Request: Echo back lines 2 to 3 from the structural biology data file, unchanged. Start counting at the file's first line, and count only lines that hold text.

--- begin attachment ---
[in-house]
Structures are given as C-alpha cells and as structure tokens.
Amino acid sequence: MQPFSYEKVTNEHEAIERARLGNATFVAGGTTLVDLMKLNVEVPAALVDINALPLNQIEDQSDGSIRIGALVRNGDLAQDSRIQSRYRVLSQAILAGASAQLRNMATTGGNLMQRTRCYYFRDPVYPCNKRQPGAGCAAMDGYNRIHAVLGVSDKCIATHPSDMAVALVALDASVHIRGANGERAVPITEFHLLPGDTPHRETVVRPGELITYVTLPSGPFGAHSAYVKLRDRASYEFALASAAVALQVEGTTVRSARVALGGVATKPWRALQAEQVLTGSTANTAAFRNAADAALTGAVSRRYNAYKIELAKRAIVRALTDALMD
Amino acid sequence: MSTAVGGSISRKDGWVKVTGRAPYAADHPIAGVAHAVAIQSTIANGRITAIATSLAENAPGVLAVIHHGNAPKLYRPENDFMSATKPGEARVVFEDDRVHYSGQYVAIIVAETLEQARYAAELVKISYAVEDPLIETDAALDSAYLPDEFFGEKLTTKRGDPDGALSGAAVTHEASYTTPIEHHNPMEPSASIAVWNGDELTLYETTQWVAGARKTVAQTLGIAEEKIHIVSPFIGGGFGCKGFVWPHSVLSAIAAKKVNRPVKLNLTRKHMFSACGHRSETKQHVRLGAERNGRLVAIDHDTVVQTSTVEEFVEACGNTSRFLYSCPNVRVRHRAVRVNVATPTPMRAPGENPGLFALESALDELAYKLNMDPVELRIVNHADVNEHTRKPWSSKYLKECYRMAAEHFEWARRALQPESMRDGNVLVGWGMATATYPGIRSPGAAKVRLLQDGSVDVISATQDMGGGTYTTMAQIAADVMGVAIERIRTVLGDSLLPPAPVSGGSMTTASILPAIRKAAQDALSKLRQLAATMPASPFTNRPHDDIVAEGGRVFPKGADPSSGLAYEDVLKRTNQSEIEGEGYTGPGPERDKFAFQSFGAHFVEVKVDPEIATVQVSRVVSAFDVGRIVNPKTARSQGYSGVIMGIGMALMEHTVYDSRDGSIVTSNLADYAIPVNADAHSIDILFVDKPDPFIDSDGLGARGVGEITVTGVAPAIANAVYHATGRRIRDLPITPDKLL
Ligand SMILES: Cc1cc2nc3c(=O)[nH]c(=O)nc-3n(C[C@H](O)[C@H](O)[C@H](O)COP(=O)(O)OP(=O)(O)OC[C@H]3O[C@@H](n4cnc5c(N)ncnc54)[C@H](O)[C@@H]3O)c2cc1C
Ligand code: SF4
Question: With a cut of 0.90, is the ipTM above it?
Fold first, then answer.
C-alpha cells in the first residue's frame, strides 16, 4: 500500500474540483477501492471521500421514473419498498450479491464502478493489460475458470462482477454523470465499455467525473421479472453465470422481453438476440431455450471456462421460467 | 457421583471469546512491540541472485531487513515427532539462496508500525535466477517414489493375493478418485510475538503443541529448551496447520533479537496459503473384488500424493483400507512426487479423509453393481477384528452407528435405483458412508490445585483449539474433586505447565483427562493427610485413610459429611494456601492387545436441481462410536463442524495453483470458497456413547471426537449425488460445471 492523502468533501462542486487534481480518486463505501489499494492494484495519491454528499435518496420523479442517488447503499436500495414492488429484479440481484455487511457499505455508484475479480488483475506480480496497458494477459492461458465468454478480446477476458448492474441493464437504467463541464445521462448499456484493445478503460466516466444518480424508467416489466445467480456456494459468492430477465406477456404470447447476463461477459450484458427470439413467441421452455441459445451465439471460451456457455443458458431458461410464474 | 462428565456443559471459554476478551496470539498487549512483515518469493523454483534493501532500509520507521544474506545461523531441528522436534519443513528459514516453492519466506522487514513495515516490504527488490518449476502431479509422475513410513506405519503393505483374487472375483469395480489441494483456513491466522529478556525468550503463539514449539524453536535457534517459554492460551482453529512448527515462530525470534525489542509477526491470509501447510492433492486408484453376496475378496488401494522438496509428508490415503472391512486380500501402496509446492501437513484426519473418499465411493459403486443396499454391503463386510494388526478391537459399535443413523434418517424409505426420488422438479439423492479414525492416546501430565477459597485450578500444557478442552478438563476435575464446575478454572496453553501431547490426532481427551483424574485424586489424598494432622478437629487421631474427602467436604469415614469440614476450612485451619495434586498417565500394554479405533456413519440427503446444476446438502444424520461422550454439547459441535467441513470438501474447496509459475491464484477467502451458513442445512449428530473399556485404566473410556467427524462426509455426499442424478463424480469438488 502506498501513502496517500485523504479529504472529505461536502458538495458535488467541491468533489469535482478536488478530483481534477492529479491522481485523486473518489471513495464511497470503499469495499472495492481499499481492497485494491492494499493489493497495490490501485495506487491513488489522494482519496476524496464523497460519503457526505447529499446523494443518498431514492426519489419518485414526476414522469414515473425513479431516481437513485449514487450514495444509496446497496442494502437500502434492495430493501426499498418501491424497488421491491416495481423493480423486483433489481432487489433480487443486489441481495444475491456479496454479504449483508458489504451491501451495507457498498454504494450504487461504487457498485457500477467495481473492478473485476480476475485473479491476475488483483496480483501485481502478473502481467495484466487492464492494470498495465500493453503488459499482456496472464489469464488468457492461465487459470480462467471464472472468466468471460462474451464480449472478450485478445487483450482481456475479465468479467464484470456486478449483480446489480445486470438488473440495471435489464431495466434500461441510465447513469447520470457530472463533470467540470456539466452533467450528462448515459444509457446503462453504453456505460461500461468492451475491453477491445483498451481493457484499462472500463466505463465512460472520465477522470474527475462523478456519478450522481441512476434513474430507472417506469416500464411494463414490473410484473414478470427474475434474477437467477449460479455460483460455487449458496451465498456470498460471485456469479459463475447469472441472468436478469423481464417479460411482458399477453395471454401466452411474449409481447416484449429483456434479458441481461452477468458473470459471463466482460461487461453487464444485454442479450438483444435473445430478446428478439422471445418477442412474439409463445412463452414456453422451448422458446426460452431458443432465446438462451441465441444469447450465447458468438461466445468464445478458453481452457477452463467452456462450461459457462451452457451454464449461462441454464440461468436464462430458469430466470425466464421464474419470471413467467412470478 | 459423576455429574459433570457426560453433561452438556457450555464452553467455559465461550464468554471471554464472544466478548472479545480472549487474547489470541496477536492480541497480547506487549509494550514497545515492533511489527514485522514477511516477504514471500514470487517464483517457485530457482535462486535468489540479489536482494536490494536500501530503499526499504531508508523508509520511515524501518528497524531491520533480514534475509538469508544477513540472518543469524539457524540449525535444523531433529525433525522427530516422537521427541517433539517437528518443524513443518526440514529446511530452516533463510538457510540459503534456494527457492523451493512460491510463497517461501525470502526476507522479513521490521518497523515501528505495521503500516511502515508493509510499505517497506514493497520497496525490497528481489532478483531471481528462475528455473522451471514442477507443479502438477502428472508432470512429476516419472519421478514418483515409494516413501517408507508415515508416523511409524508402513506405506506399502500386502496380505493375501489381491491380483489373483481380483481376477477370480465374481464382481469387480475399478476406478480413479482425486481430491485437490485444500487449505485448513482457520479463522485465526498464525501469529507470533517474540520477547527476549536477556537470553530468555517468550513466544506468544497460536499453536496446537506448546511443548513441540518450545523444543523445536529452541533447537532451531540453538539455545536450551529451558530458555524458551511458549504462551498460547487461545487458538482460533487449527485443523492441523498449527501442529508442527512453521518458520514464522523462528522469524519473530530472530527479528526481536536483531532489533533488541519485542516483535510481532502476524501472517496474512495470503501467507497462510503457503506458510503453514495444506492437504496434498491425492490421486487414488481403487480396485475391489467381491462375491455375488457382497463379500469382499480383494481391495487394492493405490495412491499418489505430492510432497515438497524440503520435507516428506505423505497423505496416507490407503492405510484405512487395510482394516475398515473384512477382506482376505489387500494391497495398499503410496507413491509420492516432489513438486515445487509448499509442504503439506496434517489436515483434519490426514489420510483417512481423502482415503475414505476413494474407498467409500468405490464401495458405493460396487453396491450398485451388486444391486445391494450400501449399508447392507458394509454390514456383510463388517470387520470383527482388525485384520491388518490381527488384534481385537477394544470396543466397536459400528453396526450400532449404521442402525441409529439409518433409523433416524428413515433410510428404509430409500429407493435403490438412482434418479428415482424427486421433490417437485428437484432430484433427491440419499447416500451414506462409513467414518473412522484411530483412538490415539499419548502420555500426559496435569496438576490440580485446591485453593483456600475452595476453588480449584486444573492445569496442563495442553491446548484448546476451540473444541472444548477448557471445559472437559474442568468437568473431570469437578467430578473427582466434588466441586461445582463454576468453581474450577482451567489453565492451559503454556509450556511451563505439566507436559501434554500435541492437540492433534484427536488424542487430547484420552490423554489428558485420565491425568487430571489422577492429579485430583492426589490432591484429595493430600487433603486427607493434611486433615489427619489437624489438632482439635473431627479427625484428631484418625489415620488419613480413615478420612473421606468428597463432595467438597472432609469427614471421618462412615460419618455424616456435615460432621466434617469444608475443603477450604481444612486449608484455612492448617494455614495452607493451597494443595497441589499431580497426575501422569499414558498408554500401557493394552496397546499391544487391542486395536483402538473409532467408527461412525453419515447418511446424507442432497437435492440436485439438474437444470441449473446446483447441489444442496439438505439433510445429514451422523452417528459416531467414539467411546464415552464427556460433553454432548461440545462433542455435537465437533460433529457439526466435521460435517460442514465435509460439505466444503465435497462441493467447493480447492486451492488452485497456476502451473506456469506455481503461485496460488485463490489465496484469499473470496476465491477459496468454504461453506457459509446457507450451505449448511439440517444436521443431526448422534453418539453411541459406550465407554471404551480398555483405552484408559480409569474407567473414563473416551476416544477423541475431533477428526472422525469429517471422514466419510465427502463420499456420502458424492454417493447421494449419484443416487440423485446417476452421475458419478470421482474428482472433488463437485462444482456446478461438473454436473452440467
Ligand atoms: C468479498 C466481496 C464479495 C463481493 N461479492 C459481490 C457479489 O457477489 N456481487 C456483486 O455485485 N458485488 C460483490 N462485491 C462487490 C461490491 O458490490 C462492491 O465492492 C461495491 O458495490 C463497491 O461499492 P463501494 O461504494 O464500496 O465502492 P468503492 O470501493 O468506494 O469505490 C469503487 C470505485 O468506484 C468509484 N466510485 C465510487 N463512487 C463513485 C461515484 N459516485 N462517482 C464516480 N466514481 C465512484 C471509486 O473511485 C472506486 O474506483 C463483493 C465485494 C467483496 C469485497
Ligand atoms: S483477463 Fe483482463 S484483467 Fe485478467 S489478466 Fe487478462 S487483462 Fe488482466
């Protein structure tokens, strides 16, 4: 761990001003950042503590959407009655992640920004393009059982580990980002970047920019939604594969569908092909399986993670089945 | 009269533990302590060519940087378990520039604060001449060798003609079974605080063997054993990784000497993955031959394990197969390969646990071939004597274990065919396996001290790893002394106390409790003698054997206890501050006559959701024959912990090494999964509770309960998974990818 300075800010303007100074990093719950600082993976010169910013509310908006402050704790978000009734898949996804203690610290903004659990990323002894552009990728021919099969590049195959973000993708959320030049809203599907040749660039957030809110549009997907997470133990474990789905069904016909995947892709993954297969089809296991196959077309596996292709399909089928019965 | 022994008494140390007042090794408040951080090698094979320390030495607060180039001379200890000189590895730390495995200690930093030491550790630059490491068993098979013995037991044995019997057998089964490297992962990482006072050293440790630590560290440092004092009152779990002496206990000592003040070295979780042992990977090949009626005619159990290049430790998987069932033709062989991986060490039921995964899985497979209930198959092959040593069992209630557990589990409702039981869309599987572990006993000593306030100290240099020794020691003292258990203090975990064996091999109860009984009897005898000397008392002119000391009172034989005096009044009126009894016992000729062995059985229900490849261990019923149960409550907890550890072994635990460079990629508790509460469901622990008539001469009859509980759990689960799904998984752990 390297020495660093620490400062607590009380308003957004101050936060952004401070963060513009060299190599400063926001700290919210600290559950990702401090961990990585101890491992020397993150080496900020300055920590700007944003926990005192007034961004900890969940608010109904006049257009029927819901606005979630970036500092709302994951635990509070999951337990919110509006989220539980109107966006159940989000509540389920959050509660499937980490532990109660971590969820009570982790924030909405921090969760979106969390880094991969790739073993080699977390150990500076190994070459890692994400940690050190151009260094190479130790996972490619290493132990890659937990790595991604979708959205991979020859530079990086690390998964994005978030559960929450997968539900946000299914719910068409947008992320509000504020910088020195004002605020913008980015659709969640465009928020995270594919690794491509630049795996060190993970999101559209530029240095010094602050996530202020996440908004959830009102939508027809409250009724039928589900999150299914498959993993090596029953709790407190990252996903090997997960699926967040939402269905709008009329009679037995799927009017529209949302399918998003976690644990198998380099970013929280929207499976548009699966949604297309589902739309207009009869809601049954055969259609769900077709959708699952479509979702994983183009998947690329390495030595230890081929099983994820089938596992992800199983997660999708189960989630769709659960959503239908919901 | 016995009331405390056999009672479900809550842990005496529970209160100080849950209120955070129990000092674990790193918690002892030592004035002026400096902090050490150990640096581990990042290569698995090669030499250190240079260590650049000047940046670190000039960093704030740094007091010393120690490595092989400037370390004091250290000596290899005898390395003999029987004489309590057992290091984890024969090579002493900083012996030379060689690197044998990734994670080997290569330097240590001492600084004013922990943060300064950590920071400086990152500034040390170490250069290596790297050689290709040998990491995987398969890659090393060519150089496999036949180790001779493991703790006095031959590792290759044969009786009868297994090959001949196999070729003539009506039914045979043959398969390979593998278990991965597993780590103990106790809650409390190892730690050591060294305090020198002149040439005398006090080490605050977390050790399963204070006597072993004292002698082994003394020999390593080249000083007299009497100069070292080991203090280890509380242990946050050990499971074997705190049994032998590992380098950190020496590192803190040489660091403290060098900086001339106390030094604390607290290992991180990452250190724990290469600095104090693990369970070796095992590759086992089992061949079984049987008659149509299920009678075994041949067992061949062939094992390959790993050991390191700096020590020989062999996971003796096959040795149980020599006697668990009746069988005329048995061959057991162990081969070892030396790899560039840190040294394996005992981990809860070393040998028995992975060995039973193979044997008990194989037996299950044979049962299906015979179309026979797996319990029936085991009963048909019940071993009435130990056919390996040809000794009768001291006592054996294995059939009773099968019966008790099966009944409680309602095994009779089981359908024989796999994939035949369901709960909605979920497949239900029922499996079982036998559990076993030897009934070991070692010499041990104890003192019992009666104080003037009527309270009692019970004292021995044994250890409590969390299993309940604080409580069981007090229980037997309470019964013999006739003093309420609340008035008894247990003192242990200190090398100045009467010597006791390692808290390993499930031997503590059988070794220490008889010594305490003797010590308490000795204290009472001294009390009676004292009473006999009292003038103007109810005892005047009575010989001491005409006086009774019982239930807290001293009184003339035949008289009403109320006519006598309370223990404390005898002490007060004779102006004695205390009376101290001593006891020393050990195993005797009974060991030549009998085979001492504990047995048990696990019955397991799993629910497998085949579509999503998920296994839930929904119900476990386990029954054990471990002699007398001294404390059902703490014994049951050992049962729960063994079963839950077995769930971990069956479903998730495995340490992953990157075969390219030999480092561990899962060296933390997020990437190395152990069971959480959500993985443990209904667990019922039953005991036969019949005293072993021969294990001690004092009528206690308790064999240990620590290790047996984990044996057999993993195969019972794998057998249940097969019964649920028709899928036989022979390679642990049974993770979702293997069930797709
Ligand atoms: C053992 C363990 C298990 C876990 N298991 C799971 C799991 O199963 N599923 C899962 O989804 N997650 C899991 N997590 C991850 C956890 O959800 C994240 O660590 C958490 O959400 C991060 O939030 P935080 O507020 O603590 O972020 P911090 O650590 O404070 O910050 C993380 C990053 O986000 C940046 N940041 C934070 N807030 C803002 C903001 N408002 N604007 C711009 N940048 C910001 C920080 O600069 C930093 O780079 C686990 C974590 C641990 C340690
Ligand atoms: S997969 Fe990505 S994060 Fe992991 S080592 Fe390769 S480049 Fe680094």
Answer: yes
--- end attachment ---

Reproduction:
Structures are given as C-alpha cells and as structure tokens.
Amino acid sequence: MQPFSYEKVTNEHEAIERARLGNATFVAGGTTLVDLMKLNVEVPAALVDINALPLNQIEDQSDGSIRIGALVRNGDLAQDSRIQSRYRVLSQAILAGASAQLRNMATTGGNLMQRTRCYYFRDPVYPCNKRQPGAGCAAMDGYNRIHAVLGVSDKCIATHPSDMAVALVALDASVHIRGANGERAVPITEFHLLPGDTPHRETVVRPGELITYVTLPSGPFGAHSAYVKLRDRASYEFALASAAVALQVEGTTVRSARVALGGVATKPWRALQAEQVLTGSTANTAAFRNAADAALTGAVSRRYNAYKIELAKRAIVRALTDALMD